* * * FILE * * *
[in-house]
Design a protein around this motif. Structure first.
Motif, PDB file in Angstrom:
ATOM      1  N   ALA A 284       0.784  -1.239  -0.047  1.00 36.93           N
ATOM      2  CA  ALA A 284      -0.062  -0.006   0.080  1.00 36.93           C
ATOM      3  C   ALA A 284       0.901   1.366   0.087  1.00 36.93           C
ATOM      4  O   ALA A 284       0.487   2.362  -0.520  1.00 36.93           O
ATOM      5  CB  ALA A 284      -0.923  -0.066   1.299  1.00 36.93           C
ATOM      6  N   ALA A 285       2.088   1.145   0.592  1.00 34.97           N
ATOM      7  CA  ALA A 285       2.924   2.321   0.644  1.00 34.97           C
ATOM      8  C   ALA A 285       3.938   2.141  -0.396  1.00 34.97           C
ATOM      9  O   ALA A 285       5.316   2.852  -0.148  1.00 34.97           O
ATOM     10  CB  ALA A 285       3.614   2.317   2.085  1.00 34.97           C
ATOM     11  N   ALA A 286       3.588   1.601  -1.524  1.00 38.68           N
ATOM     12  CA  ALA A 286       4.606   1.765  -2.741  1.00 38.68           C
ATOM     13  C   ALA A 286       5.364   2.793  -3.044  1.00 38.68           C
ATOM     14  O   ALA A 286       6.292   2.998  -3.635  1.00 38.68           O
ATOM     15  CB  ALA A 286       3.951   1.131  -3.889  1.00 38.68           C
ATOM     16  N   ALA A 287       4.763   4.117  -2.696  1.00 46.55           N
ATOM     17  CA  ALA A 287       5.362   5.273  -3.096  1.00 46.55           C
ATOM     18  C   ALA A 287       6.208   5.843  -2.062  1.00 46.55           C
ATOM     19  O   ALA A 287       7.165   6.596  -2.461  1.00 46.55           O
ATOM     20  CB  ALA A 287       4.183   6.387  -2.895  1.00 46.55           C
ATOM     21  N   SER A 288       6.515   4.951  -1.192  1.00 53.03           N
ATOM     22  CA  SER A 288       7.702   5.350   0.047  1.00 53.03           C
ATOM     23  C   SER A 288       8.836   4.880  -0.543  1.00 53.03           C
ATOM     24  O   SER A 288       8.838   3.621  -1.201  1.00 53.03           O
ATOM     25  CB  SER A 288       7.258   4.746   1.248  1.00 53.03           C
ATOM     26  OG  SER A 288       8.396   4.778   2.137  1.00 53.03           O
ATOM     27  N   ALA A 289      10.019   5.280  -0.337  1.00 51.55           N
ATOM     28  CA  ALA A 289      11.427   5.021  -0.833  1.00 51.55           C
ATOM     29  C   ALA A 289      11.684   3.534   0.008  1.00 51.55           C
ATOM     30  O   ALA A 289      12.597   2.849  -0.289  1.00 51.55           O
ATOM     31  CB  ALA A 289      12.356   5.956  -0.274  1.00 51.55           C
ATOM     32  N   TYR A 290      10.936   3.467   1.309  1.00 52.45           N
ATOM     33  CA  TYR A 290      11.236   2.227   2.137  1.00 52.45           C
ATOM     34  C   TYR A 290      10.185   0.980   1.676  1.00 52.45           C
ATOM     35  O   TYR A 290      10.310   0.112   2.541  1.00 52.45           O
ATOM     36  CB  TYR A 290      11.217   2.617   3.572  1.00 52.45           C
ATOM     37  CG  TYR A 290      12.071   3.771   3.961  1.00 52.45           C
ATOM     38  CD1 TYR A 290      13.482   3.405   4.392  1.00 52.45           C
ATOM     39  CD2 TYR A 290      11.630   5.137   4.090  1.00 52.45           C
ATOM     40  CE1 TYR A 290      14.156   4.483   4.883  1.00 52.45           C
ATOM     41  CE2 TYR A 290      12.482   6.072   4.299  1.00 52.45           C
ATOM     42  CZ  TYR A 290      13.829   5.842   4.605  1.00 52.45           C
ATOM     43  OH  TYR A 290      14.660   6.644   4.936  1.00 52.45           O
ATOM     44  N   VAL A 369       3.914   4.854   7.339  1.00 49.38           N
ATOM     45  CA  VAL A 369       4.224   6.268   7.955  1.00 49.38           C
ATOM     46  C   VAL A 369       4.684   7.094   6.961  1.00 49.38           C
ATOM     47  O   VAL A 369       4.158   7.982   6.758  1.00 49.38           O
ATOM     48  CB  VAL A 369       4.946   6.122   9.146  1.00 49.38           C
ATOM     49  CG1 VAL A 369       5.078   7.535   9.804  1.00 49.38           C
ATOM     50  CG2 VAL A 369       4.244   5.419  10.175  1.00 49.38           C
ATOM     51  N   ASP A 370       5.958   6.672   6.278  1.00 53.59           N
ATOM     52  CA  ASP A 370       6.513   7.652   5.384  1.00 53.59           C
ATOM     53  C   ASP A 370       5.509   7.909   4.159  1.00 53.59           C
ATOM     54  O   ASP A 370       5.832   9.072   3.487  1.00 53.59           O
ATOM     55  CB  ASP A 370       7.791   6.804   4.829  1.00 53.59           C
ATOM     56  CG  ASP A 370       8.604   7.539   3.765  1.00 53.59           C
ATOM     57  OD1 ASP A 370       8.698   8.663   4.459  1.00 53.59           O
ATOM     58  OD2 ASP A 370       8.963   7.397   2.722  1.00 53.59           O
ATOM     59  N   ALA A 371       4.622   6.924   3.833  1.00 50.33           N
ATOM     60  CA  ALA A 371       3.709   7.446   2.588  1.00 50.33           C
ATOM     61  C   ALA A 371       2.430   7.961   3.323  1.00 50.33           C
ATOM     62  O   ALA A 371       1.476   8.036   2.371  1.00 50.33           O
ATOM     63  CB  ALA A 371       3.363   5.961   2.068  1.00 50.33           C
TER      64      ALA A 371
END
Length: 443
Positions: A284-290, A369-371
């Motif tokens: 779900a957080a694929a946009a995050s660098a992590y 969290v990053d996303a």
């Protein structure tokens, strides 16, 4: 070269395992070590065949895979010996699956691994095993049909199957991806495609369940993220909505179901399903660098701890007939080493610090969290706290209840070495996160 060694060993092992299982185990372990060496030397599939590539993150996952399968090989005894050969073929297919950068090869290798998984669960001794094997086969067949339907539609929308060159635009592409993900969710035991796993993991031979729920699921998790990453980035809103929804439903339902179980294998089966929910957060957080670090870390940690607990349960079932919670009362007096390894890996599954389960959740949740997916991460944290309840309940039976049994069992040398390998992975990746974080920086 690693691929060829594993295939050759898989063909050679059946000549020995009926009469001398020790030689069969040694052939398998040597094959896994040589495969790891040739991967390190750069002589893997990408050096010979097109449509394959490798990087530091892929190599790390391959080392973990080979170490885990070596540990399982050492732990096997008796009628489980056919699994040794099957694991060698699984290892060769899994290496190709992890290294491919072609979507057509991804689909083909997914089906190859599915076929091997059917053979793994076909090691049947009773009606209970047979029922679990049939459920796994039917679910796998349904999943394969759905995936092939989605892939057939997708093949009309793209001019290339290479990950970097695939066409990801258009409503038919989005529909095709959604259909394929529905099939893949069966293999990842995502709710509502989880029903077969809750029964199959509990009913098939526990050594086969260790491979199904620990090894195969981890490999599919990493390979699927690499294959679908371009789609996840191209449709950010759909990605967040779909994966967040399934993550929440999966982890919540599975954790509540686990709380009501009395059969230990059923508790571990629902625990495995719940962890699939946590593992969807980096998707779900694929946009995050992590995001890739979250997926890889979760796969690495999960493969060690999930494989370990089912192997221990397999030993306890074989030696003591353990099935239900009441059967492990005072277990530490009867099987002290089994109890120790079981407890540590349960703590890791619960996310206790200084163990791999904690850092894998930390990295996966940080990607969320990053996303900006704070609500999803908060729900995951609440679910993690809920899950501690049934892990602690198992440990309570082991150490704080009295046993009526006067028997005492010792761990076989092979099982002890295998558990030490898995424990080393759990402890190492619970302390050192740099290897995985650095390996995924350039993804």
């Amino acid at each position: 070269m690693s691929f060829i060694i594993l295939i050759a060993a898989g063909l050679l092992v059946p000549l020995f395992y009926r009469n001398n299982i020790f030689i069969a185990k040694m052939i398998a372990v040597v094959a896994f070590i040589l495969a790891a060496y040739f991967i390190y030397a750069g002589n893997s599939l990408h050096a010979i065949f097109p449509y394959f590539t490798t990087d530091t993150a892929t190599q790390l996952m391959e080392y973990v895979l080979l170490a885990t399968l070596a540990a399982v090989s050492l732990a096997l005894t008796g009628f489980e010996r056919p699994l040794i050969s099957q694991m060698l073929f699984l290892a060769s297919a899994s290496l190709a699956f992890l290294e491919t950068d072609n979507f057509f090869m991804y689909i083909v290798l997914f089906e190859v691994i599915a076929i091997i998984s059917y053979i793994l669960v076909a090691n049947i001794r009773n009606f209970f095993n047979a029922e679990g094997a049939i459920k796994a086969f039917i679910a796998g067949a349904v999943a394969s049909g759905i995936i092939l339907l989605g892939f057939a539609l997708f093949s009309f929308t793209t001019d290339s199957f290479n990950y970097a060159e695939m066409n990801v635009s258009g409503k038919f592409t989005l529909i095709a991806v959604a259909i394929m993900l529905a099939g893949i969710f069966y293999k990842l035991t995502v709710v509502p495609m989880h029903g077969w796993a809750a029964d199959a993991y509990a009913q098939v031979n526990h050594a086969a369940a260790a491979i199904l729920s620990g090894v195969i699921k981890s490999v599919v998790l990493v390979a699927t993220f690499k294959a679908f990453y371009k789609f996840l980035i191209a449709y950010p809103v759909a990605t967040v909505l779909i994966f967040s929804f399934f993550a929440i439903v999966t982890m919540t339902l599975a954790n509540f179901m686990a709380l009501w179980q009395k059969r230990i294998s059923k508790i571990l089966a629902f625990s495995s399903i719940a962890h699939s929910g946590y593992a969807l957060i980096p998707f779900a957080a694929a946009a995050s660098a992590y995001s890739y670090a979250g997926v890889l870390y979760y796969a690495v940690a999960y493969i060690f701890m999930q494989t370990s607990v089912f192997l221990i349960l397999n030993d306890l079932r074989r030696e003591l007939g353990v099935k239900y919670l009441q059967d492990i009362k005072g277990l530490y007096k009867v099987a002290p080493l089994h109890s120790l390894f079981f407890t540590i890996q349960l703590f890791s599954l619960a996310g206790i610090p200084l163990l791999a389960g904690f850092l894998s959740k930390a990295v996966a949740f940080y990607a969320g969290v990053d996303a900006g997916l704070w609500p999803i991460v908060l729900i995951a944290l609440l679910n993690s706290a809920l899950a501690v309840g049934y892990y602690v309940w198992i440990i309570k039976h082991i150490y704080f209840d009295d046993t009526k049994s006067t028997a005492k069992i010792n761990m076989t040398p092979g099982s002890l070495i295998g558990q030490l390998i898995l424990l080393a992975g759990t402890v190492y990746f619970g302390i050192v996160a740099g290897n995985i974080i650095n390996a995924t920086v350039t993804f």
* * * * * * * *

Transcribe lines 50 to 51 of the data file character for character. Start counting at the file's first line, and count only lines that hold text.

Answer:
ATOM     47  O   VAL A 369       4.158   7.982   6.758  1.00 49.38           O
ATOM     48  CB  VAL A 369       4.946   6.122   9.146  1.00 49.38           C